This is predicated on the latest data from various polls and surveys. In the Episcopal Church, there’s been plenty of pixels dedicated to our recent attendance reports, which demonstrate that we are shrinking as a denomination. The always wise Crusty Old Dean has very good thoughts on this, if you want to read them.
Of course, this leaves pastors like myself in a quandary. What are we to do? How do we stem the tide?
For many, the solution seems to be events like Social Media Sunday—which looks fine on paper, but in this millennial pastor’s opinion tends to come more across as a gimmick. It’s effectively “you can use your phone in church” day. People use their phones all the time outside of church. What makes social media in church different?
I will avoid the temptation to complain about Social Media Sunday. Like I said, I have my thoughts. And I will say that events like this do help us create space to address some of the issues that are facing contemporary American spirituality and how The Church—specifically, The Episcopal Church—can serve the gospel in our shifting landscape.
My friend Michael recently sent me this article about millennials in the Church. The language is a bit salty at times, but it makes a very good point: contemporary America wants and needs the beauty of ritual, and ritual taken seriously—ritual connected to something bigger.
Another friend, JP (with whom I share a podcast), speaks of religion as “having a relationship with the grand mysteries of the universe” which I think is lovely.
Put together, these two notions speak to the need of every human, but specifically to that of contemporary Americans. We long for a formalized and ritualized relationship with the grand mysteries of the universe.
What evidence do I have of this?
The September 26, 2016 game pitting my beloved Miami Marlins against the New York Mets.
You see, on the morning of September 25, 2016, Jose Fernandez—ace pitcher for the Marlins, a young man who embodied the very spirit of America as represented in its great pastime—died suddenly and tragically in a boating accident. He was 24.
The game that night was cancelled. And, bewilderingly, the team managed to pull together and play the following night. But, as one would expect, the game was atypical.
It opened with a team huddle at the pitcher’s mound, which had been decorated with the number 16, Jose’s number. Every member of the team was wearing Jose’s jersey. They stood around the mound and knelt in silence.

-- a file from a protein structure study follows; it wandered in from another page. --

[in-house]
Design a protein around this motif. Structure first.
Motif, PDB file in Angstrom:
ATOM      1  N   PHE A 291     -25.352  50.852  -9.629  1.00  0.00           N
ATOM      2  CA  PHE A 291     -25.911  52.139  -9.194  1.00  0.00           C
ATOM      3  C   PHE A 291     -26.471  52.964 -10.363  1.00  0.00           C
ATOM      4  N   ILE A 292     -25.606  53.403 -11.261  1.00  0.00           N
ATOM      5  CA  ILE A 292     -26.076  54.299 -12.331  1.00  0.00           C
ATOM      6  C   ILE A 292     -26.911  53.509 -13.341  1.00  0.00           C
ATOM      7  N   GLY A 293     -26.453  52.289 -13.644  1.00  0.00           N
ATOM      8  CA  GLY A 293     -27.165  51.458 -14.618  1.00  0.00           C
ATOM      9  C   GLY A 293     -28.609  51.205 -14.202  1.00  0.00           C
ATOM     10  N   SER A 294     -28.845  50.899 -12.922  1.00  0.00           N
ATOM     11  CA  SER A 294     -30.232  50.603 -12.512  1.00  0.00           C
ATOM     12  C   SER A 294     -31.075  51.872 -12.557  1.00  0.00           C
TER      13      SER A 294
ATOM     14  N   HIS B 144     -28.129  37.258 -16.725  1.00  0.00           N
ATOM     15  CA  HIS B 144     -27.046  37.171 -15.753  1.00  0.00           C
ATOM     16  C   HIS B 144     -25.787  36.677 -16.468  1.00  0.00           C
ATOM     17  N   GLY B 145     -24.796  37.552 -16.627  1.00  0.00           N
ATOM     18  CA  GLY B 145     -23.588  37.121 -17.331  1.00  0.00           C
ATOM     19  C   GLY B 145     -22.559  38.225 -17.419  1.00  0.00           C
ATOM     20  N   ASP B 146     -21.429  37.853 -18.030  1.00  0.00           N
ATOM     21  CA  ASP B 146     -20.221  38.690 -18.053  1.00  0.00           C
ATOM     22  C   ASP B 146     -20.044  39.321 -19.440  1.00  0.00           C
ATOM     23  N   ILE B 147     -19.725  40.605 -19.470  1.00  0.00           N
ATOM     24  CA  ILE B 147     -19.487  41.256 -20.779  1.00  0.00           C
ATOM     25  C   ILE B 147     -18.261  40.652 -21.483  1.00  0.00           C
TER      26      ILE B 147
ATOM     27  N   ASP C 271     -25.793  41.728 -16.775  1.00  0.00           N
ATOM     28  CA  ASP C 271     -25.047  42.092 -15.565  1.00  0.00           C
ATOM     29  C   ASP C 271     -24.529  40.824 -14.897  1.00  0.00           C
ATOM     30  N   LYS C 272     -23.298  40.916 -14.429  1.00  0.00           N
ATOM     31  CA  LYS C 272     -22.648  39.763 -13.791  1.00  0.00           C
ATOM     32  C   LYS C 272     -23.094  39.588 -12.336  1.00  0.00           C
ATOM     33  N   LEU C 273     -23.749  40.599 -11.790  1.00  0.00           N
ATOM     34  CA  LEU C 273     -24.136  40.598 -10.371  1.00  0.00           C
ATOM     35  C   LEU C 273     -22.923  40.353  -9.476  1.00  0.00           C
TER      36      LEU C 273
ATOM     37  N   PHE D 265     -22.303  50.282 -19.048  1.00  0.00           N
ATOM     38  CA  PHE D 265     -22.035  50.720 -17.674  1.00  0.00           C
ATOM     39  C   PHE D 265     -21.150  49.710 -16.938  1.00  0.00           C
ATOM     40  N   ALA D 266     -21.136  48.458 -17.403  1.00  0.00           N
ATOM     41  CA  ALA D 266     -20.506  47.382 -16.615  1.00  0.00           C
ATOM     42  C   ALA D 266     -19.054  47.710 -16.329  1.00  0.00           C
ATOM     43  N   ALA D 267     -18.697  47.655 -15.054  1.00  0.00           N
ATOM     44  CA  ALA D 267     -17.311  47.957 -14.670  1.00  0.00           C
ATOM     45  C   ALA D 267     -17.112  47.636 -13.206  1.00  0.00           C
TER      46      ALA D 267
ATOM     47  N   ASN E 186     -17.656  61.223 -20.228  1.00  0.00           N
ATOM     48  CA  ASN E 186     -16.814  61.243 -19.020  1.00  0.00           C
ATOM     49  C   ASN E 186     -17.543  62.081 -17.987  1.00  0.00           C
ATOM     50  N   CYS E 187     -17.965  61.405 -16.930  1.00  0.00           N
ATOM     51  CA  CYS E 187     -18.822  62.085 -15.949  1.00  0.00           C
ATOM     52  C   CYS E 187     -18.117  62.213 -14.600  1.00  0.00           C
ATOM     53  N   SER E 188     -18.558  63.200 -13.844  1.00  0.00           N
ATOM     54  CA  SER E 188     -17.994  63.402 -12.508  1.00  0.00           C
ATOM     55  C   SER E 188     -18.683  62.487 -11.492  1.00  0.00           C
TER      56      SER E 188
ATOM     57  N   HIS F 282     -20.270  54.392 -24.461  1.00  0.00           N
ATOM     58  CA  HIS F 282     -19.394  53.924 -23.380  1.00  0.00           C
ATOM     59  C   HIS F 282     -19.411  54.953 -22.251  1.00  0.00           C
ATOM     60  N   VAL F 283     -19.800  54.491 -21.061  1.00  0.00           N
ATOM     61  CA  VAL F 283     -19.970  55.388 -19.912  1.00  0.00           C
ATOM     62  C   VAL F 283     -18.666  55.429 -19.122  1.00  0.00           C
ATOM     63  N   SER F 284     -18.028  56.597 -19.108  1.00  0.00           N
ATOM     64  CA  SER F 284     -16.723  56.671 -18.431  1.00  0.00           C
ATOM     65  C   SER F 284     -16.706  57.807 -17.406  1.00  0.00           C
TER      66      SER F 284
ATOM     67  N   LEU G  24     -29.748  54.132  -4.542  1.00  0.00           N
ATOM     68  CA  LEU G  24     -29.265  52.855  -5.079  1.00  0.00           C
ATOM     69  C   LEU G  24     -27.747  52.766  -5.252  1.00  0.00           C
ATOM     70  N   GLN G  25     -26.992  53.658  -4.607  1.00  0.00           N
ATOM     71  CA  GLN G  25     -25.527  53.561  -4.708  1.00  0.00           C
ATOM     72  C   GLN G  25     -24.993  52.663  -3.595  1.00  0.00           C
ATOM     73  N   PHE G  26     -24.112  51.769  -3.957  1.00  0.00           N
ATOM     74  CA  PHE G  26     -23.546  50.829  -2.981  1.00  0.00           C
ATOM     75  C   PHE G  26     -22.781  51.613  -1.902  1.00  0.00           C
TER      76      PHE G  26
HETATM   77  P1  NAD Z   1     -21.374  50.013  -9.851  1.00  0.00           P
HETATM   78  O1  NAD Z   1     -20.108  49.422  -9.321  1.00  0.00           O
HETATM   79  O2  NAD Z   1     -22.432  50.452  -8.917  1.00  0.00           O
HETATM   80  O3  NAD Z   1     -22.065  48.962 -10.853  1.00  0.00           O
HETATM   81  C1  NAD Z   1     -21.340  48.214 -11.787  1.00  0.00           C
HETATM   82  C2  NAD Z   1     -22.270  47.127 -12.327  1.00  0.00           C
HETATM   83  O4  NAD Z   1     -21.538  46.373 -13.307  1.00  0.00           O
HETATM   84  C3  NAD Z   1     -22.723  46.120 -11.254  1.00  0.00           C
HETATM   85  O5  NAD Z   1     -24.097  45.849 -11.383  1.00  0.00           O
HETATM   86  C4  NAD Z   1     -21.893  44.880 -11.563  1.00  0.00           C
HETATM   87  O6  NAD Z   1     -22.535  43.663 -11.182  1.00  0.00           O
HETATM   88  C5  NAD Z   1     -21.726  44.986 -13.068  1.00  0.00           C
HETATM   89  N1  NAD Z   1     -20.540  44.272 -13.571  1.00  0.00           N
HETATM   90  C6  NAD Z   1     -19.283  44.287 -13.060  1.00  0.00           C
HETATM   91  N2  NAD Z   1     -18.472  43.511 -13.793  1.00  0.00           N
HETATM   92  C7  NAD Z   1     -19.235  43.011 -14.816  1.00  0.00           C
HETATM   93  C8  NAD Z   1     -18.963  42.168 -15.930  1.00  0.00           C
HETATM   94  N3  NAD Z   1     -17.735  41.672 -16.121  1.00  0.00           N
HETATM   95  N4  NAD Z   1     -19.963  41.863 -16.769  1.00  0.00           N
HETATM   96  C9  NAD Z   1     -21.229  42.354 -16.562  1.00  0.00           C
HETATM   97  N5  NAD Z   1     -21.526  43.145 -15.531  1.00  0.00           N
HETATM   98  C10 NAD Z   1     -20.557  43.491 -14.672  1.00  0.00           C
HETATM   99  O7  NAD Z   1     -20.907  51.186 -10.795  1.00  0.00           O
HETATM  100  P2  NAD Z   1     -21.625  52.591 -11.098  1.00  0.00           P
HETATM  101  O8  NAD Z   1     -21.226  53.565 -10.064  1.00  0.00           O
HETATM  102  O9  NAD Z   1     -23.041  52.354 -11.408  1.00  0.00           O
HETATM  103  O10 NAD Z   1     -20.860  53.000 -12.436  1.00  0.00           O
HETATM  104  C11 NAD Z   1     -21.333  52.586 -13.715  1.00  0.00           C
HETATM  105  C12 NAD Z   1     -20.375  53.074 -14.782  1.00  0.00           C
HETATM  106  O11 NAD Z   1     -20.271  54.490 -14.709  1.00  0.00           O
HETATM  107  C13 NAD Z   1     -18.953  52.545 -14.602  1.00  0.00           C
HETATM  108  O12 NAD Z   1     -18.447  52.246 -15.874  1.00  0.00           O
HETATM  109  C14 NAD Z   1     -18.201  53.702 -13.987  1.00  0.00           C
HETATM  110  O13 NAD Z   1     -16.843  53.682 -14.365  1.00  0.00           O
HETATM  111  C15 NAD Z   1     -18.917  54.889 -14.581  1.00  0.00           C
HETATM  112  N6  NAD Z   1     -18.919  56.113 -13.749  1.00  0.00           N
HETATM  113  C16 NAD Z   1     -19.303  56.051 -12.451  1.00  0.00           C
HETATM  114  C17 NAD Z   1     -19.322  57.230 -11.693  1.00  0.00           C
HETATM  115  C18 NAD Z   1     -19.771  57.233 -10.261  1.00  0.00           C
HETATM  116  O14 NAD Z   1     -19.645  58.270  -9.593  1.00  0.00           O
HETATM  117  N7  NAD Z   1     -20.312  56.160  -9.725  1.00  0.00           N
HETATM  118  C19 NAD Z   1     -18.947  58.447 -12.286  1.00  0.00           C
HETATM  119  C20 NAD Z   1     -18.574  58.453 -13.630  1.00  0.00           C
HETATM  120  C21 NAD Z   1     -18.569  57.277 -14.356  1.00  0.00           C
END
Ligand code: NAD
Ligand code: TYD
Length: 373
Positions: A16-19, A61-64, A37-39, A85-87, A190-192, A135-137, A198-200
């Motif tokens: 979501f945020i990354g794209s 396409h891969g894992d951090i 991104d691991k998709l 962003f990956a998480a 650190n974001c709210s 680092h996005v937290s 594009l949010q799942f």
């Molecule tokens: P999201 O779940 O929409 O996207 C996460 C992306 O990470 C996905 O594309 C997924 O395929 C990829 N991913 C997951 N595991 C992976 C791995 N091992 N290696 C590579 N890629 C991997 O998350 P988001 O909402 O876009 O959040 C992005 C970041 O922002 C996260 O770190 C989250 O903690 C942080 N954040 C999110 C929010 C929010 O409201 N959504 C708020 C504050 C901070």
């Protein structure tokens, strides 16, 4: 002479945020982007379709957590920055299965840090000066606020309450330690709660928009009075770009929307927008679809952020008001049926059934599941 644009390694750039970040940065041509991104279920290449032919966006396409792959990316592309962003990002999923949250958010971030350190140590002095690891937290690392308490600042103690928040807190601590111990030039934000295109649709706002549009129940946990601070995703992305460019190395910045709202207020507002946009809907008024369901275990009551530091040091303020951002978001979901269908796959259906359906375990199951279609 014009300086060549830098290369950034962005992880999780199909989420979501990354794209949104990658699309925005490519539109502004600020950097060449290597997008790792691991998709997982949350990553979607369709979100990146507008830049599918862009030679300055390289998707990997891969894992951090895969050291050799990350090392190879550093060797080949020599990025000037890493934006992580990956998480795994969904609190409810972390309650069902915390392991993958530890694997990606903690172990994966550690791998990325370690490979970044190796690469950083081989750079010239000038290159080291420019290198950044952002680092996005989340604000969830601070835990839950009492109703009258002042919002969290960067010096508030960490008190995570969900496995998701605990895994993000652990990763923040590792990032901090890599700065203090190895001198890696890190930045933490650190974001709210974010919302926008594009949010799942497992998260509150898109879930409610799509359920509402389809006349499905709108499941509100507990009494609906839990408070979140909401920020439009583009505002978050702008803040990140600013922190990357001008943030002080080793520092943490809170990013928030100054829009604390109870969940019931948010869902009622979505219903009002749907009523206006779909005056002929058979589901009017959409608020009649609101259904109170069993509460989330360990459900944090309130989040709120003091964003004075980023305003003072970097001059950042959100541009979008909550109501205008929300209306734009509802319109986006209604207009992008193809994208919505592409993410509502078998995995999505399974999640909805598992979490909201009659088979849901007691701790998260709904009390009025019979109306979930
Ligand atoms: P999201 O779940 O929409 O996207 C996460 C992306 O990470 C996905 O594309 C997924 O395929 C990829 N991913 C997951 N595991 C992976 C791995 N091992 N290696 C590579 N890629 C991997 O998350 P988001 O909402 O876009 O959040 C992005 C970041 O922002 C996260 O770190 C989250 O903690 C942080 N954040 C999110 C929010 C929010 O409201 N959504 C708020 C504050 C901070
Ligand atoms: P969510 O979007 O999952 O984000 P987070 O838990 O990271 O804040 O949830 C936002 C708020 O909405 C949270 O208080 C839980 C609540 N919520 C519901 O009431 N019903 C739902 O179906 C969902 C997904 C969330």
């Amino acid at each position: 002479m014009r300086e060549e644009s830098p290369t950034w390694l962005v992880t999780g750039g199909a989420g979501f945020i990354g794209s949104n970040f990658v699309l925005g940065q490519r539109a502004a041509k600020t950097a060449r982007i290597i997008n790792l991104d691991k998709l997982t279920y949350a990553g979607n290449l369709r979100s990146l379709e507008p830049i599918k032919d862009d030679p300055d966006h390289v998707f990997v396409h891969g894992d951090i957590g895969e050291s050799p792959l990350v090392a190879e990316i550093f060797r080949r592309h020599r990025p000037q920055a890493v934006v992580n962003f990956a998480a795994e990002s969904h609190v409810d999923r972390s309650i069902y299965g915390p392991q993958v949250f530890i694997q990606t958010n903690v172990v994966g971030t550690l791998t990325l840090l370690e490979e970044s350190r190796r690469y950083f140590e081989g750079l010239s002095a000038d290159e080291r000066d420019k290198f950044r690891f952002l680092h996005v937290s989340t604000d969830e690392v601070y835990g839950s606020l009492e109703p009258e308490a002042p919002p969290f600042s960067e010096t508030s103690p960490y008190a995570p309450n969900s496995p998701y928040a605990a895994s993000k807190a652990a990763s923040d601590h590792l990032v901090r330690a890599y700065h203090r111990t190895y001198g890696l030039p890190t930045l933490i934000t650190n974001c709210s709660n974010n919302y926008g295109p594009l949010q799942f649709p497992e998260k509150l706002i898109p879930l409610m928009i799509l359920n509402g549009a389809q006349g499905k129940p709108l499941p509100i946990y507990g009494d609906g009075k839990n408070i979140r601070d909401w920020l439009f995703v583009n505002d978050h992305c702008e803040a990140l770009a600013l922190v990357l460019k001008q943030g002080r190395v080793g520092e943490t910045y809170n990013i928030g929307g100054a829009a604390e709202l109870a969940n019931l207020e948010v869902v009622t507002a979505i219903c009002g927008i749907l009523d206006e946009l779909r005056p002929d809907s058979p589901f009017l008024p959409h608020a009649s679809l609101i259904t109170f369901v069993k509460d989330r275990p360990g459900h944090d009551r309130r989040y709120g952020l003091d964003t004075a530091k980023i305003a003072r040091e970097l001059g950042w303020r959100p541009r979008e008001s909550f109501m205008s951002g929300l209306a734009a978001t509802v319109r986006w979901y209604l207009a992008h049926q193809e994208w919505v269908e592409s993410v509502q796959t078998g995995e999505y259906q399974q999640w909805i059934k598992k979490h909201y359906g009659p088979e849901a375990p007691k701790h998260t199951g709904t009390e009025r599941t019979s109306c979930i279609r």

Following a tribute by Dee Gordon, normally a left-handed hitter, batted right in honor of Jose while also wearing Fernandez’s helmet. While at-bat he managed to hit his first home run of the season, breaking down weeping as he crossed home plate.
On Twitter, a GIF of Jose Fernandez celebrating was posted by an official MLB account with the caption saying that this was Jose looking down and celebrating the hit.
All of this. The jerseys, the kneeling, the wearing of helmets, the GIFs—all of it is theological. Profoundly theological.
Theology, rooted in ritual.
I will refrain from taking a tangent about the over-discussed “American Civic Religion” that is often enshrined in American professional sports. Yet, this demonstrates that we as a people recognize that there are grand mysteries, mysteries like death, and are open and desiring of a life after death. And we feel the need to ritualize the transition of life to death, ritualize key moments of change—whether it be within our families, communities, or our professional sports teams.
And we Episcopalians need to learn from the Marlins and Major League Baseball (insert a joke about “make friends for yourselves by means of dishonest wealth” here).
As the [millennial priest article] points out, we have spent too long diminishing our rich tradition of ritual and mystery in the name of “accessibility.” We have chased the specter given us by the large congregations of megachurch evangelicalism, and their emphasis on being casual, and lost something very very important.
We may never be a large denomination. We need to be okay with that. At the same time, we, The Episcopal Church, will only stem the tide of decline when we take seriously what the world is already taking seriously—these grand mysteries of the universe and the rituals made to enshrine and enflesh them and bring us into relationship with them.
We take this seriously and point to the answer: the grand mystery is Jesus, is God robed in our humanity.
As William Reed Huntington once put it: Christ gave His people a doctrine clothed. In The Church, the grand mystery of the universe can be touched and gazed upon. A relationship can be enacted. It is not removed from this world. Rather, God is intimately acquainted with it. With us.
All the evidence is there that the world longs for and turns to ritual in order to understand mystery. Jesus knew this and gave us water and bread and wine and words and actions to emulate. The Church enshrined all of this in Holy Scripture, so that we might always be equipped to tell the world: Here is where mystery is beheld.
Here is God.